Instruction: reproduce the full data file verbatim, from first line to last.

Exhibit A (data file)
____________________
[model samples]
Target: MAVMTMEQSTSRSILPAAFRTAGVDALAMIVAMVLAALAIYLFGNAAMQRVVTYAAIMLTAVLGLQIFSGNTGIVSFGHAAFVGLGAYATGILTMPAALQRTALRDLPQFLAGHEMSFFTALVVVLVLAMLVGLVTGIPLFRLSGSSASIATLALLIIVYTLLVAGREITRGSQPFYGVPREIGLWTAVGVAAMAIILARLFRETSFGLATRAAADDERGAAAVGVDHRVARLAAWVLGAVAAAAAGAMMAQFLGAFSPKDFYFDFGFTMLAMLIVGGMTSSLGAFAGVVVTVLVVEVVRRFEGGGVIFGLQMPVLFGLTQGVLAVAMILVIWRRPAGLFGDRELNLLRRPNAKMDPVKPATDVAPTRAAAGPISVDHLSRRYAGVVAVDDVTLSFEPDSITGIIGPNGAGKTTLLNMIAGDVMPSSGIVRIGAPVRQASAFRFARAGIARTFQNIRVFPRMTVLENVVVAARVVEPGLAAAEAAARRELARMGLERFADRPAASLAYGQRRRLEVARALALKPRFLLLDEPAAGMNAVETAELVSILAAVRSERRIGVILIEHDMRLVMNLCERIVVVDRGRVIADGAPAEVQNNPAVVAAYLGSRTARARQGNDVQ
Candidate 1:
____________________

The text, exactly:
[model samples]
Target: MAVMTMEQSTSRSILPAAFRTAGVDALAMIVAMVLAALAIYLFGNAAMQRVVTYAAIMLTAVLGLQIFSGNTGIVSFGHAAFVGLGAYATGILTMPAALQRTALRDLPQFLAGHEMSFFTALVVVLVLAMLVGLVTGIPLFRLSGSSASIATLALLIIVYTLLVAGREITRGSQPFYGVPREIGLWTAVGVAAMAIILARLFRETSFGLATRAAADDERGAAAVGVDHRVARLAAWVLGAVAAAAAGAMMAQFLGAFSPKDFYFDFGFTMLAMLIVGGMTSSLGAFAGVVVTVLVVEVVRRFEGGGVIFGLQMPVLFGLTQGVLAVAMILVIWRRPAGLFGDRELNLLRRPNAKMDPVKPATDVAPTRAAAGPISVDHLSRRYAGVVAVDDVTLSFEPDSITGIIGPNGAGKTTLLNMIAGDVMPSSGIVRIGAPVRQASAFRFARAGIARTFQNIRVFPRMTVLENVVVAARVVEPGLAAAEAAARRELARMGLERFADRPAASLAYGQRRRLEVARALALKPRFLLLDEPAAGMNAVETAELVSILAAVRSERRIGVILIEHDMRLVMNLCERIVVVDRGRVIADGAPAEVQNNPAVVAAYLGSRTARARQGNDVQ
Candidate 1: